I could’ve easily spent a few more days on the Cabot Trail, but I had a decent amount of time to visit a few campgrounds, hike some trails, and enjoy several artisan shops, cafes, and galleries. While I didn’t do everything I planned, it was definitely better than driving around in 1 or 2 days. If you can give at least 4-5 days to the trail, it’ll give you so much more in return.

Here’s a map with most of my stops:

Driving Up the Eastern Coast

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From the top of Broad Cove Mountain. Beautiful views!

To start, drive across the Canso Causeway and follow the Trans Canada to the beginning of the Cabot Trail. This will take about an hour. Don’t miss The Farmer’s Daughter market in Whycocomagh, and enjoy a bit of tradition at The Gaelic College in St. Anns (nice gift shop, too!). After all that, I continued to Ingonish to purchase my backcountry pass for Fishing Cove, as I had my national park pass already.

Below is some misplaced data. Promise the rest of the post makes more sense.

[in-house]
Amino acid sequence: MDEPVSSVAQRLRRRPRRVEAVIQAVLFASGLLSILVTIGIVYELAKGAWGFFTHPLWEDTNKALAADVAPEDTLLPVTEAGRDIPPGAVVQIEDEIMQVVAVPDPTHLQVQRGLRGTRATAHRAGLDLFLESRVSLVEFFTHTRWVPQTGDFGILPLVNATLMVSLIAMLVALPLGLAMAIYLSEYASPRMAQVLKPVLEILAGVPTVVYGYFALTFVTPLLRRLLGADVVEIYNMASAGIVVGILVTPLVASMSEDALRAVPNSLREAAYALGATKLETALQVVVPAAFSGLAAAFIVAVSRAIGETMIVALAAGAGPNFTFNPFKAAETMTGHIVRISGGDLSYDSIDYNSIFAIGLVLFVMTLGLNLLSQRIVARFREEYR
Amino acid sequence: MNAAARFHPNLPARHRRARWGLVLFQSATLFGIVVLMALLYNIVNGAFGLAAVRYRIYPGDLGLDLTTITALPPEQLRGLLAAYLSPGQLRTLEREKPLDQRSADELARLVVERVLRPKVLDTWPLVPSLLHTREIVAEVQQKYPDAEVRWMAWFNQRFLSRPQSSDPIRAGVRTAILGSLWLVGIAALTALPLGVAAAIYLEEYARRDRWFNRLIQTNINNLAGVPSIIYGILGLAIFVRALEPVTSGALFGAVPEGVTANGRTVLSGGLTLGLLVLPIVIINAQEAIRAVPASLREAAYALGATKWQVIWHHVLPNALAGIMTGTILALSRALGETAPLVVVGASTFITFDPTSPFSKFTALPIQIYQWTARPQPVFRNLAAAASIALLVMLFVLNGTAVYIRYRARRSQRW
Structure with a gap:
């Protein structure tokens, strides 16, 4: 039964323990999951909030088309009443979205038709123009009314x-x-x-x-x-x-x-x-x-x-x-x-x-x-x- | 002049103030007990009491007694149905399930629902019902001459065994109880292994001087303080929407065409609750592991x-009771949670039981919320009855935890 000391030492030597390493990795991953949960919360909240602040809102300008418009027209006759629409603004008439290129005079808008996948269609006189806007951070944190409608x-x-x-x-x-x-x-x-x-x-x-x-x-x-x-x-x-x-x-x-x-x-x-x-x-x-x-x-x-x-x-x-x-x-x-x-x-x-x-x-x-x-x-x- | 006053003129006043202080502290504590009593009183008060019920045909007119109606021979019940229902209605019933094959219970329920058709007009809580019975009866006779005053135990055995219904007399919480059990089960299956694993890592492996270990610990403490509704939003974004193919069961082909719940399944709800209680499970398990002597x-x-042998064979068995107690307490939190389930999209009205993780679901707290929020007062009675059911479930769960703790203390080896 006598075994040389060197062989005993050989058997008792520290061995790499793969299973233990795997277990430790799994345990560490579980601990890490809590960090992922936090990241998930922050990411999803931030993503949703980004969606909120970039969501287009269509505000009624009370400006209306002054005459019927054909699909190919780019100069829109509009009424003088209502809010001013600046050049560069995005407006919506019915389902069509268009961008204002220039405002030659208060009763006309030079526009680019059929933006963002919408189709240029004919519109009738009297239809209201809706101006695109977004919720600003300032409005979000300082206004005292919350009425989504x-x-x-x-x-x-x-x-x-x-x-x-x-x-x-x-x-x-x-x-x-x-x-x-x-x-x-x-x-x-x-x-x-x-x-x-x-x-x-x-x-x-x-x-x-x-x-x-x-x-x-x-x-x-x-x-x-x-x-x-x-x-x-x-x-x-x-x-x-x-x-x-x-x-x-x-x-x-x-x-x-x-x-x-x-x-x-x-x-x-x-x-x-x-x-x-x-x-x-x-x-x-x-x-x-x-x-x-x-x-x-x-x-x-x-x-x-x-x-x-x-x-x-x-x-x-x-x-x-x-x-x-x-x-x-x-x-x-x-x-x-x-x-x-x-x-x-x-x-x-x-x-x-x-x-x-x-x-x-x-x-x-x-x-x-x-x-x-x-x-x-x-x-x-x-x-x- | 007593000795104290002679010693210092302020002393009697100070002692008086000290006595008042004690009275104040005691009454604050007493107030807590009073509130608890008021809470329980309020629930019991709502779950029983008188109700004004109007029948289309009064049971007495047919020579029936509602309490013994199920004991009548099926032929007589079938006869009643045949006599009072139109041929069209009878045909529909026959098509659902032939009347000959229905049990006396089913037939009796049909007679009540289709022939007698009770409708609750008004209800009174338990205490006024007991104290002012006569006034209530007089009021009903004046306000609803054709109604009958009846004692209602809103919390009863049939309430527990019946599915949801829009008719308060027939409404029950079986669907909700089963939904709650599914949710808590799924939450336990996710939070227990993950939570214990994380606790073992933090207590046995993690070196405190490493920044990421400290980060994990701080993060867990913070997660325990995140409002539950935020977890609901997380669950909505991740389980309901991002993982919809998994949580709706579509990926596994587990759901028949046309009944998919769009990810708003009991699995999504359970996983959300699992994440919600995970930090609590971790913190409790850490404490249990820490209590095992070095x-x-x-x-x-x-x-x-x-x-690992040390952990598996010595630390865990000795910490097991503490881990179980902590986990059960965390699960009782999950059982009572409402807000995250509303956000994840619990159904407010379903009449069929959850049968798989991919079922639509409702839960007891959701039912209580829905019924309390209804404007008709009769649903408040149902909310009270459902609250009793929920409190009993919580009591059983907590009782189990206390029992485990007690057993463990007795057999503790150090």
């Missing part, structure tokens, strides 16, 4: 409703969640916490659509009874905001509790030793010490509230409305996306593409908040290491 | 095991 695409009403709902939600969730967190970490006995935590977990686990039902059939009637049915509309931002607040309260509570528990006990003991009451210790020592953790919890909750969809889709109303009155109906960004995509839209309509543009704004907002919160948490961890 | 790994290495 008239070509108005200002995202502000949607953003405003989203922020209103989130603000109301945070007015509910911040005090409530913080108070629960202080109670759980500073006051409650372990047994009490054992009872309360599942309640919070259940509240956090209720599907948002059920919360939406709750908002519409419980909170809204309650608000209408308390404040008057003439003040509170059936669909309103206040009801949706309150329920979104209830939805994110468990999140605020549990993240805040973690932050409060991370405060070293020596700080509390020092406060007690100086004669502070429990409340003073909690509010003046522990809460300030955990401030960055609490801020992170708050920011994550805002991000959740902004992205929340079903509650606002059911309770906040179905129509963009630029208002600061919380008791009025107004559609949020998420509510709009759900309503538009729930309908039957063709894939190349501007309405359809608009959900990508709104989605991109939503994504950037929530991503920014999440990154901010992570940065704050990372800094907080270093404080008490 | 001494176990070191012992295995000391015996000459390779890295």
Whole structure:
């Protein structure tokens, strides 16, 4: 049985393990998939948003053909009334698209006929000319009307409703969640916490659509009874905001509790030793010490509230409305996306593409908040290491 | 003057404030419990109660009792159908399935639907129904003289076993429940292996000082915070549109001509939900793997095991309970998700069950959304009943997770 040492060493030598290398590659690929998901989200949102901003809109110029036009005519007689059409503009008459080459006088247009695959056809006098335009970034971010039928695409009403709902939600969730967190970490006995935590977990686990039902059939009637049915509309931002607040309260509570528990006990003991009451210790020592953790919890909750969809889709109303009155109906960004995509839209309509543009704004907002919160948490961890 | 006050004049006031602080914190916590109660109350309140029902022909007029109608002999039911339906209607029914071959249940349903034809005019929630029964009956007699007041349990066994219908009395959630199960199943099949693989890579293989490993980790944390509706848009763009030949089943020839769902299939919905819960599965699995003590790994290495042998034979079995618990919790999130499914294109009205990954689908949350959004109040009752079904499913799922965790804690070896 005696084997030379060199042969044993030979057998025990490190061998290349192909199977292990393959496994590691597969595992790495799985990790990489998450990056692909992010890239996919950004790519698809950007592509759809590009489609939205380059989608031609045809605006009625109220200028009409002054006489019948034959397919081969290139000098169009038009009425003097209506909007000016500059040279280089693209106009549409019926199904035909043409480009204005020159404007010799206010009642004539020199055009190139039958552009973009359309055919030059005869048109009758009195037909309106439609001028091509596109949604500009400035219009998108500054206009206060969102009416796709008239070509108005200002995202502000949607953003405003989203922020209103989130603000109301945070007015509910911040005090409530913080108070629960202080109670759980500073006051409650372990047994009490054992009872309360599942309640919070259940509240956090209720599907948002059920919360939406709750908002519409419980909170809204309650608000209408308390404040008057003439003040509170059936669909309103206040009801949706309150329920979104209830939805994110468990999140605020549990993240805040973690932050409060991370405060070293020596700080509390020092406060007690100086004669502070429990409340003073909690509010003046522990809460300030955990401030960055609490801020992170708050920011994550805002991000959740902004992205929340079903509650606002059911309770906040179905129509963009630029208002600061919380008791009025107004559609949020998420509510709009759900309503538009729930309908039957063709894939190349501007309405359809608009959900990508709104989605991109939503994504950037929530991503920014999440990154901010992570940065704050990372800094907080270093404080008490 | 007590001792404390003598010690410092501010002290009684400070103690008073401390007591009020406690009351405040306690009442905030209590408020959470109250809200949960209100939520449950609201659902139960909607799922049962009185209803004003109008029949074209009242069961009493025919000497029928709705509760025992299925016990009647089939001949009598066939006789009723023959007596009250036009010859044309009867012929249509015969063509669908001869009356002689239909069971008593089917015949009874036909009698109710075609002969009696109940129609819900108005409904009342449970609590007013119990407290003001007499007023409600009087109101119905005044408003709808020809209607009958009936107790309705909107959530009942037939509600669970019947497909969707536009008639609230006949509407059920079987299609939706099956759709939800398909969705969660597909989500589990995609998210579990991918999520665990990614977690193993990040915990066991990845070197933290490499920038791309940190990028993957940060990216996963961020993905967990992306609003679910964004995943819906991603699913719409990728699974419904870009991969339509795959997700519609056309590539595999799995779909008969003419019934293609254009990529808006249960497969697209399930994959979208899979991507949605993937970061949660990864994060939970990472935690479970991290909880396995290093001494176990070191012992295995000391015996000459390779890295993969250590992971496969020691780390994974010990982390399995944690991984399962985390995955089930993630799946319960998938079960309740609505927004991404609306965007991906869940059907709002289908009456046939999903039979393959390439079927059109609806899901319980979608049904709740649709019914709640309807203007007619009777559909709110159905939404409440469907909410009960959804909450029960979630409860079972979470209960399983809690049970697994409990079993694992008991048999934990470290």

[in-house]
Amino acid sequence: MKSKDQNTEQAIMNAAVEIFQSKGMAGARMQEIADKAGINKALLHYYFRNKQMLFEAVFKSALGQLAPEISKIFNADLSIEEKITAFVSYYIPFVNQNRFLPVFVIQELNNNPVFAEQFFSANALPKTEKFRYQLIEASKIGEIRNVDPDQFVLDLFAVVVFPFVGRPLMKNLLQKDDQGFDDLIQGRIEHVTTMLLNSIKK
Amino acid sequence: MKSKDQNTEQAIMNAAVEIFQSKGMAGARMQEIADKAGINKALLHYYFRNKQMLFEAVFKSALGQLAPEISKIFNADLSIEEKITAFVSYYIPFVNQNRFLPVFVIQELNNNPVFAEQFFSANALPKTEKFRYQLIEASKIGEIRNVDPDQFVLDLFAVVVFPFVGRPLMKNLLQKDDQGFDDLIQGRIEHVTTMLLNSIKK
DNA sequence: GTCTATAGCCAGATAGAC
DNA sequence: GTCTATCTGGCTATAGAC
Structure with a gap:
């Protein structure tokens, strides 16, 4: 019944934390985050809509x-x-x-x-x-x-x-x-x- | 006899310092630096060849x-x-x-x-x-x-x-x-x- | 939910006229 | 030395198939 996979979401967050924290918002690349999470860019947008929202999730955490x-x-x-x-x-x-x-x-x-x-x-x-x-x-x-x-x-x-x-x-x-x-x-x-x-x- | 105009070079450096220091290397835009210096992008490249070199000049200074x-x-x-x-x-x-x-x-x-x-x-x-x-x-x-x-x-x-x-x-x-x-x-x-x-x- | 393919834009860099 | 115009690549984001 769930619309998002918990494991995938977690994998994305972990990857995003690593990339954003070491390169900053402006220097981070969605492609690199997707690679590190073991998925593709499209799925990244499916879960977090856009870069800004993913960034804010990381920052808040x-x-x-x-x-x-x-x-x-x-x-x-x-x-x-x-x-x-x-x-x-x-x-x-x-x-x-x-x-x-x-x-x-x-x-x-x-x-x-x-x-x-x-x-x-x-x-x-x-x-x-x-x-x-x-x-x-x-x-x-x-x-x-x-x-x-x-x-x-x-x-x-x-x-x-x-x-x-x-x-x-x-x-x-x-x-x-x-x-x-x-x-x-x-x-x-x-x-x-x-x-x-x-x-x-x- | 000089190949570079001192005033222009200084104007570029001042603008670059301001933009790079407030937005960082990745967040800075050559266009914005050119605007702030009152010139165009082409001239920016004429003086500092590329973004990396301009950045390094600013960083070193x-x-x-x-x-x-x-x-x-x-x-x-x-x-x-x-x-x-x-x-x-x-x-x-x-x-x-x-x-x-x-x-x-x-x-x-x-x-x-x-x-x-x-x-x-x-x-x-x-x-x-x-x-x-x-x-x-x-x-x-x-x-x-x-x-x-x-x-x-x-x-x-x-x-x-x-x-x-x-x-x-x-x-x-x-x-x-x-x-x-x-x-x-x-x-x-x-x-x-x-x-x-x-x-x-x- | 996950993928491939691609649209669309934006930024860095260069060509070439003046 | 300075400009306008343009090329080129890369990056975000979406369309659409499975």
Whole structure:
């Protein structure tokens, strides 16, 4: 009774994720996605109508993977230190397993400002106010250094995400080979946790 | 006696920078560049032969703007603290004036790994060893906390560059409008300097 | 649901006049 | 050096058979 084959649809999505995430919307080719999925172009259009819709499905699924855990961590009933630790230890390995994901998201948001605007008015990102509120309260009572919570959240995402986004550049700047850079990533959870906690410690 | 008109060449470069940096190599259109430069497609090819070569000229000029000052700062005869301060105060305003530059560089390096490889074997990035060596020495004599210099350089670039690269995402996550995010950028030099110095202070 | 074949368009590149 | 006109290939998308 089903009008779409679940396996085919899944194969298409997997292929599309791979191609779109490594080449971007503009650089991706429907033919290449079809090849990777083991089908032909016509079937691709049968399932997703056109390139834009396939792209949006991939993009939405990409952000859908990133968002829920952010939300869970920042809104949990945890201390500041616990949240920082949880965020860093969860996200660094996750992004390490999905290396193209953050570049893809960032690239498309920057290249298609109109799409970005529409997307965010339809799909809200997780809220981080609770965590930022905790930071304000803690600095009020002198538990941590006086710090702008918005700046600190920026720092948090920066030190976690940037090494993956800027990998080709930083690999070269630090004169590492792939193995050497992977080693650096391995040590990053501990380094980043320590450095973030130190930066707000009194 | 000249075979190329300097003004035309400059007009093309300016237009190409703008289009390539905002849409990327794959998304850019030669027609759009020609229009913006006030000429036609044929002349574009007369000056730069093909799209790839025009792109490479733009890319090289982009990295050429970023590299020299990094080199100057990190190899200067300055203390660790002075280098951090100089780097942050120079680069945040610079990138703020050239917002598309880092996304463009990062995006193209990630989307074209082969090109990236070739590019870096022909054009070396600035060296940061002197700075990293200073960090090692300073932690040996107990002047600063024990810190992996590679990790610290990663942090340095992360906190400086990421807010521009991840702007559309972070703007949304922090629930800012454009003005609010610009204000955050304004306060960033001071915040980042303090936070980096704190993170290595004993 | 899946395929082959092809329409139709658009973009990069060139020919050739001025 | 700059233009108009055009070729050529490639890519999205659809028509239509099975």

Broad Cove Campground is very close to Ingonish, so I spent 2 nights here to explore. There are several nice hikes in the area, including Broad Cove Mountain, Cape Smokey, and Middle Head. Come prepared for frosty nights if you plan to sleep in your tent.

After Broad Cove, I meandered my way to MacIntosh Brook Campground at the top of the Cabot Trail. Driving straight to the campground would have only taken an hour, so I stopped at White Point trail after a delicious lunch at Chowder House in Neils Harbour.